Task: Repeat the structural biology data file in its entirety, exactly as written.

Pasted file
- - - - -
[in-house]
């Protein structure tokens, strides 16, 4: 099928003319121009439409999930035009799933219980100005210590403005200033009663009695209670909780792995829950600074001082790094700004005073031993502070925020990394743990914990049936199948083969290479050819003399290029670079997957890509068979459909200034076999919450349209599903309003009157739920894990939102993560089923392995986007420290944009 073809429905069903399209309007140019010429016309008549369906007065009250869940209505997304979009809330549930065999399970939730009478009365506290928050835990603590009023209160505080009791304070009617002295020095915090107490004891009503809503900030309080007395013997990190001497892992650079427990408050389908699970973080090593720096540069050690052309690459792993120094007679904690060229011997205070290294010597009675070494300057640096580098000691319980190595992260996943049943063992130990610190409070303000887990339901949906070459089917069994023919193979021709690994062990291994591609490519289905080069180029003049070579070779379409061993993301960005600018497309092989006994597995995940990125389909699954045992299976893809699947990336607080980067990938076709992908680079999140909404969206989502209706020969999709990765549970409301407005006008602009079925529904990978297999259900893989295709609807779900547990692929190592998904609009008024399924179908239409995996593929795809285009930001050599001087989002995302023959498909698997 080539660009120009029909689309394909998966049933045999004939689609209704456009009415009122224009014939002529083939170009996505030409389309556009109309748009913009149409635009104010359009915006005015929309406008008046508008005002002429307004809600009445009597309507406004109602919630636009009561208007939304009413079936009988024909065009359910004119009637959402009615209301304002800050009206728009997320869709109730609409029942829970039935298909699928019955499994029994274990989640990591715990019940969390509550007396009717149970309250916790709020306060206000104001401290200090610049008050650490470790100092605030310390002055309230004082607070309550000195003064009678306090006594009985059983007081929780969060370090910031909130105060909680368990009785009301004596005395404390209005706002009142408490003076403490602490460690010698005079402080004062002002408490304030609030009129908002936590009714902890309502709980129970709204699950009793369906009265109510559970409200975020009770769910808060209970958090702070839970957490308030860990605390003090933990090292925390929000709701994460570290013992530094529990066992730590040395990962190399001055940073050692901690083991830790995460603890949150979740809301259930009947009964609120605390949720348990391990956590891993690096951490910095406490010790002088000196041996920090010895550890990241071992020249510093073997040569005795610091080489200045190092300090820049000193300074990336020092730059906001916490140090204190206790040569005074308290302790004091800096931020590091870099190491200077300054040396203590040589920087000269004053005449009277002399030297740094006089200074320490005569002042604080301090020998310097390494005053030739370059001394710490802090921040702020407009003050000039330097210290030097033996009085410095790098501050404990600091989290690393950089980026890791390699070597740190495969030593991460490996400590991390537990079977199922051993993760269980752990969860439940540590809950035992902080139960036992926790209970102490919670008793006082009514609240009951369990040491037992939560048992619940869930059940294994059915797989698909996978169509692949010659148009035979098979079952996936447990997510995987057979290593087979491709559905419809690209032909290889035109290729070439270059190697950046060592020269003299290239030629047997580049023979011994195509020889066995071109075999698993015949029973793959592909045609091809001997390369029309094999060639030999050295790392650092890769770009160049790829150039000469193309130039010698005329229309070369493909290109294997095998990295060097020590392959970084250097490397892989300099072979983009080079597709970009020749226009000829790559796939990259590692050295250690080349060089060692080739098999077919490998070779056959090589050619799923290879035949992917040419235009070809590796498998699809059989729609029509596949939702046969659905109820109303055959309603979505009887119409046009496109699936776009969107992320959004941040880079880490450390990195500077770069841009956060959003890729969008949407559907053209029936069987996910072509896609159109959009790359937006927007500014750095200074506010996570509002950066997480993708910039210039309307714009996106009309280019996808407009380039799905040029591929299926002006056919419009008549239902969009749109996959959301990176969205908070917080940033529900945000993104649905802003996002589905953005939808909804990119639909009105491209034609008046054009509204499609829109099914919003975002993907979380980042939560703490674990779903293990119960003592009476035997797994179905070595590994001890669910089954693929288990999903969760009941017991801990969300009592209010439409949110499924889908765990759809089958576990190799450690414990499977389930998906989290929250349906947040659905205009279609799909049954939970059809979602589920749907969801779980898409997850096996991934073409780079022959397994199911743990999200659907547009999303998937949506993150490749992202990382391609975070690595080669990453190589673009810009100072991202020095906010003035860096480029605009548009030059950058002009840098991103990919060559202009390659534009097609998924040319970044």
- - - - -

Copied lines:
[in-house]
């Protein structure tokens, strides 16, 4: 099928003319121009439409999930035009799933219980100005210590403005200033009663009695209670909780792995829950600074001082790094700004005073031993502070925020990394743990914990049936199948083969290479050819003399290029670079997957890509068979459909200034076999919450349209599903309003009157739920894990939102993560089923392995986007420290944009 073809429905069903399209309007140019010429016309008549369906007065009250869940209505997304979009809330549930065999399970939730009478009365506290928050835990603590009023209160505080009791304070009617002295020095915090107490004891009503809503900030309080007395013997990190001497892992650079427990408050389908699970973080090593720096540069050690052309690459792993120094007679904690060229011997205070290294010597009675070494300057640096580098000691319980190595992260996943049943063992130990610190409070303000887990339901949906070459089917069994023919193979021709690994062990291994591609490519289905080069180029003049070579070779379409061993993301960005600018497309092989006994597995995940990125389909699954045992299976893809699947990336607080980067990938076709992908680079999140909404969206989502209706020969999709990765549970409301407005006008602009079925529904990978297999259900893989295709609807779900547990692929190592998904609009008024399924179908239409995996593929795809285009930001050599001087989002995302023959498909698997 080539660009120009029909689309394909998966049933045999004939689609209704456009009415009122224009014939002529083939170009996505030409389309556009109309748009913009149409635009104010359009915006005015929309406008008046508008005002002429307004809600009445009597309507406004109602919630636009009561208007939304009413079936009988024909065009359910004119009637959402009615209301304002800050009206728009997320869709109730609409029942829970039935298909699928019955499994029994274990989640990591715990019940969390509550007396009717149970309250916790709020306060206000104001401290200090610049008050650490470790100092605030310390002055309230004082607070309550000195003064009678306090006594009985059983007081929780969060370090910031909130105060909680368990009785009301004596005395404390209005706002009142408490003076403490602490460690010698005079402080004062002002408490304030609030009129908002936590009714902890309502709980129970709204699950009793369906009265109510559970409200975020009770769910808060209970958090702070839970957490308030860990605390003090933990090292925390929000709701994460570290013992530094529990066992730590040395990962190399001055940073050692901690083991830790995460603890949150979740809301259930009947009964609120605390949720348990391990956590891993690096951490910095406490010790002088000196041996920090010895550890990241071992020249510093073997040569005795610091080489200045190092300090820049000193300074990336020092730059906001916490140090204190206790040569005074308290302790004091800096931020590091870099190491200077300054040396203590040589920087000269004053005449009277002399030297740094006089200074320490005569002042604080301090020998310097390494005053030739370059001394710490802090921040702020407009003050000039330097210290030097033996009085410095790098501050404990600091989290690393950089980026890791390699070597740190495969030593991460490996400590991390537990079977199922051993993760269980752990969860439940540590809950035992902080139960036992926790209970102490919670008793006082009514609240009951369990040491037992939560048992619940869930059940294994059915797989698909996978169509692949010659148009035979098979079952996936447990997510995987057979290593087979491709559905419809690209032909290889035109290729070439270059190697950046060592020269003299290239030629047997580049023979011994195509020889066995071109075999698993015949029973793959592909045609091809001997390369029309094999060639030999050295790392650092890769770009160049790829150039000469193309130039010698005329229309070369493909290109294997095998990295060097020590392959970084250097490397892989300099072979983009080079597709970009020749226009000829790559796939990259590692050295250690080349060089060692080739098999077919490998070779056959090589050619799923290879035949992917040419235009070809590796498998699809059989729609029509596949939702046969659905109820109303055959309603979505009887119409046009496109699936776009969107992320959004941040880079880490450390990195500077770069841009956060959003890729969008949407559907053209029936069987996910072509896609159109959009790359937006927007500014750095200074506010996570509002950066997480993708910039210039309307714009996106009309280019996808407009380039799905040029591929299926002006056919419009008549239902969009749109996959959301990176969205908070917080940033529900945000993104649905802003996002589905953005939808909804990119639909009105491209034609008046054009509204499609829109099914919003975002993907979380980042939560703490674990779903293990119960003592009476035997797994179905070595590994001890669910089954693929288990999903969760009941017991801990969300009592209010439409949110499924889908765990759809089958576990190799450690414990499977389930998906989290929250349906947040659905205009279609799909049954939970059809979602589920749907969801779980898409997850096996991934073409780079022959397994199911743990999200659907547009999303998937949506993150490749992202990382391609975070690595080669990453190589673009810009100072991202020095906010003035860096480029605009548009030059950058002009840098991103990919060559202009390659534009097609998924040319970044």